Exam results day is a nail-biting time for many young people but especially so this year, as the coronavirus crisis meant that all exams were cancelled.
The furore around teacher-assessed GCSE and A-level results being marked down by a controversial grading system has led to worry for many about what their futures will hold, even though the government has U-turned on the issue.
Many mental health services have seen an increase in young people who are suffering with issues of loss and grief as a result of this change in educational routine, with major milestones such as proms, leavers’ days and exams cancelled. Many students feeling lost, confused and cheated out of an experience which has traditionally been seen as a rite of passage for any teenager. Teenagers will be facing a wide range of emotions as they approach their results day - excitement, nervousness, disappointment, resentment, anger, stress, relief and guilt. All these feelings and responses are valid and normal.
This year, although exams were cancelled, Childline, which is part of the NSPCC, says it has seen an increase in calls from students concerned about their results.
Some of the common concerns highlighted during counselling sessions include:
Feeling anxious, overwhelmed and stressed at the news that exams had been cancelled.
Struggling to cope with uncertainties and no longer feeling in control of exam results.
Feeling cheated and robbed of opportunity to do exams.
Regretting they had not taken mocks seriously, and wishing they had revised more.
Concerned that coursework and predicted grades would not be good enough.
So, how can we cope with the range of emotions of exam results day and beyond? Here are 9 tips to help:
1. It is normal to feel anxious about receiving your results
Remember that you are not alone. Your friends are likely to be nervous too, even if they are hiding their feelings. Your older relatives will have been through similar nerves when they received their results. It is important not to bottle up your feelings - talk to a trusted friend, a relative, or a teacher about how you feel.
2. Think about your next steps
Your results are likely to lead to another experience in life, whether this is moving onto a job or further qualifications. However, you may not get the results you want or need to do this. Having a plan B will help you feel more in control. Remember that if Plan A doesn’t work, there are another 25 letters in the alphabet!
3. Don’t feel pressured to share your results
With the excitement of the day, there may be increased pressure from your friends to share your results.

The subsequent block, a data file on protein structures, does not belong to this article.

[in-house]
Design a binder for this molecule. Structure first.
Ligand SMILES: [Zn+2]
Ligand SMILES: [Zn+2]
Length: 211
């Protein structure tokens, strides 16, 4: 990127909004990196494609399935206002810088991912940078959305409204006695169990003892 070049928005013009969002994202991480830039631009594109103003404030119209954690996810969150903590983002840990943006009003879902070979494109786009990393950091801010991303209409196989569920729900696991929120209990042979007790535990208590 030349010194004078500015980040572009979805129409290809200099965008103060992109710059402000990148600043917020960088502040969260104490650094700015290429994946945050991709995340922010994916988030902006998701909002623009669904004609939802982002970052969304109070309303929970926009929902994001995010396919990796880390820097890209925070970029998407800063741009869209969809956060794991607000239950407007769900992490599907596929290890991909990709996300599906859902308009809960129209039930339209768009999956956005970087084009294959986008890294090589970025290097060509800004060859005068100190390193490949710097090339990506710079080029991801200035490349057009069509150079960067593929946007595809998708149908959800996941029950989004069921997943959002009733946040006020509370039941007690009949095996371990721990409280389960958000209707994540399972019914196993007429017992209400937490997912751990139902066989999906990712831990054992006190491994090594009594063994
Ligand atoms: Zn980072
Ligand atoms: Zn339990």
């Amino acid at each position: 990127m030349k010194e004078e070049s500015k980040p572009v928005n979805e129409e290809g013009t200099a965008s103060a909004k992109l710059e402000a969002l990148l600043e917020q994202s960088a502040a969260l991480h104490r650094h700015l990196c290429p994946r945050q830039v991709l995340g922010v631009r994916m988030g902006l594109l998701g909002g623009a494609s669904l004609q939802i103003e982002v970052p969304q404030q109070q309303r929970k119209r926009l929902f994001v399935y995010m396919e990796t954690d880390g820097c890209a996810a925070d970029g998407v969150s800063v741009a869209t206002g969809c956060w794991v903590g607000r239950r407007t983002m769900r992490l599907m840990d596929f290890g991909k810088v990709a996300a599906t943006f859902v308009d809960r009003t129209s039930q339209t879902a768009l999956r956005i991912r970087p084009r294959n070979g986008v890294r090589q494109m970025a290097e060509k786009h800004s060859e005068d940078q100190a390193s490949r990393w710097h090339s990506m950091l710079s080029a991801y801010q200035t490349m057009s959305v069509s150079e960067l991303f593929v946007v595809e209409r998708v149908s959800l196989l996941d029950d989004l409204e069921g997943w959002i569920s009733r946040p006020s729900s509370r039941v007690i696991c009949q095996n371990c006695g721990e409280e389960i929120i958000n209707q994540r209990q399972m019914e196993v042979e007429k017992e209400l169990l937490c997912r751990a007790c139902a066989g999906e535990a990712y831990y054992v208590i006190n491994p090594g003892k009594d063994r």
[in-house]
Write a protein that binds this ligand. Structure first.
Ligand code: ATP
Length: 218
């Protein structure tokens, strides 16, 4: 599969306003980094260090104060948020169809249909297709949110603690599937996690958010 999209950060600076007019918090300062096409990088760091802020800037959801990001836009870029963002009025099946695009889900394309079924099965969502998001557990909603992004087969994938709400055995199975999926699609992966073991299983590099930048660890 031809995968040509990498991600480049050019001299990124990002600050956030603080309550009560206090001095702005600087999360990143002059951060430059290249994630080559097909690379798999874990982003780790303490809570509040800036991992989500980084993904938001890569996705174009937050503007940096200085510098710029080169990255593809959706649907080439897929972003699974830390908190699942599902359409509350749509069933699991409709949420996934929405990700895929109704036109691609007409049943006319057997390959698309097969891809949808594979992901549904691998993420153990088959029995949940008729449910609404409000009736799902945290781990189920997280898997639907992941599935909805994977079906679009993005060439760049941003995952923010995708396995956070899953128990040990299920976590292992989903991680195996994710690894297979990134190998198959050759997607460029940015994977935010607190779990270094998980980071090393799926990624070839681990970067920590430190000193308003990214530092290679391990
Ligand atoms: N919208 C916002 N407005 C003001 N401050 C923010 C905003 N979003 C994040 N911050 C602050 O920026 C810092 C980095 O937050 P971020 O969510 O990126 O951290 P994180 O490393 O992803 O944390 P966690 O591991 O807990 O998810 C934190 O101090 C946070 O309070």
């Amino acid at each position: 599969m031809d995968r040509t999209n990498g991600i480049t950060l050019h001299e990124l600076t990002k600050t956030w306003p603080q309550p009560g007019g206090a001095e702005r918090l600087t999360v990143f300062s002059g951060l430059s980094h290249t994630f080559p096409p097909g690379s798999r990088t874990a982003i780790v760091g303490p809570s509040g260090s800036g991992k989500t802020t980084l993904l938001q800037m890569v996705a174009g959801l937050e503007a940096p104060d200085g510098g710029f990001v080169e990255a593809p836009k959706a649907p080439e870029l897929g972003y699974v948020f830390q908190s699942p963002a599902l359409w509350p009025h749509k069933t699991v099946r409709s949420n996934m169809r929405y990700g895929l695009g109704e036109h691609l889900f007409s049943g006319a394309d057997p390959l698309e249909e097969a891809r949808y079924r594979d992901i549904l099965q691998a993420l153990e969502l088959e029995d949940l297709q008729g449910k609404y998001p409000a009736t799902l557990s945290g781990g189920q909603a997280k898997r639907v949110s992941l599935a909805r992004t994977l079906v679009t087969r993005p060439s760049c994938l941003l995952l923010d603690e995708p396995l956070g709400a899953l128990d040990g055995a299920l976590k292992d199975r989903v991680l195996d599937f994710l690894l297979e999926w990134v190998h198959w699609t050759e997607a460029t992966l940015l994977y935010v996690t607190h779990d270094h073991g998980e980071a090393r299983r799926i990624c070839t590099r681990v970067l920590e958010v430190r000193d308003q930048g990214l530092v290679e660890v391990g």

But your results are your own private information and you should only share them if you feel comfortable. It might help you to avoid social media for a few days to avoid some of that pressure.
4. Only ever judge your success by your own standards
Effort is far more admirable that attainment. Be proud of any improvements and if you know you have done your best, that is all that matters.
5. Avoid unhealthy habits
Drinking, smoking, drug-taking or punishing yourself through self-harming behaviours and poor diet won’t make a problem disappear. These are all temporary solutions to a longer-term problem. These unhealthy habits might even make things worse in long run. Don’t be afraid to reach out for help if you are struggling with any of these behaviours.
6. Be kind to yourself
Practise talking kindly to yourself and be your own best friend and motivator. Compliment yourself on any small achievements and focus on the things you have done well.
7. Remember that there will be future opportunities
You might feel cheated out of an experience this year and that you haven’t had a chance to prove your worth in some way. However, you might be able to take your exams at a later date. Or you can just use these grades as a springboard to other opportunities for success, such as moving on to further or higher education.
8. Remember exam grades do not define you and do not define your future
This is just one small piece of the very large puzzle of your life. Some of the most successful people you know, or have seen in the media, failed at some point in their life. It was their mistakes, followed by determination, that made them grow.
9. Celebrate your achievements
And even if you do not quite get the grades you had hoped for, celebrate anyway. Celebrate that you have done your best. Celebrate that you have finished school. Celebrate that you are wonderful in so many other ways which cannot be measured by grades. If celebrations cannot be as big as you might have hoped for due to social distancing, find small ways to mark your celebrations at home.
For more help and advice about young people's mental health, take a look at resources available via fellow charities such as national Mind, Young Minds and Childline. https://www.teenagementalhealth.co.uk/post/exam-results-day-stresses-surprises-and-uncertainty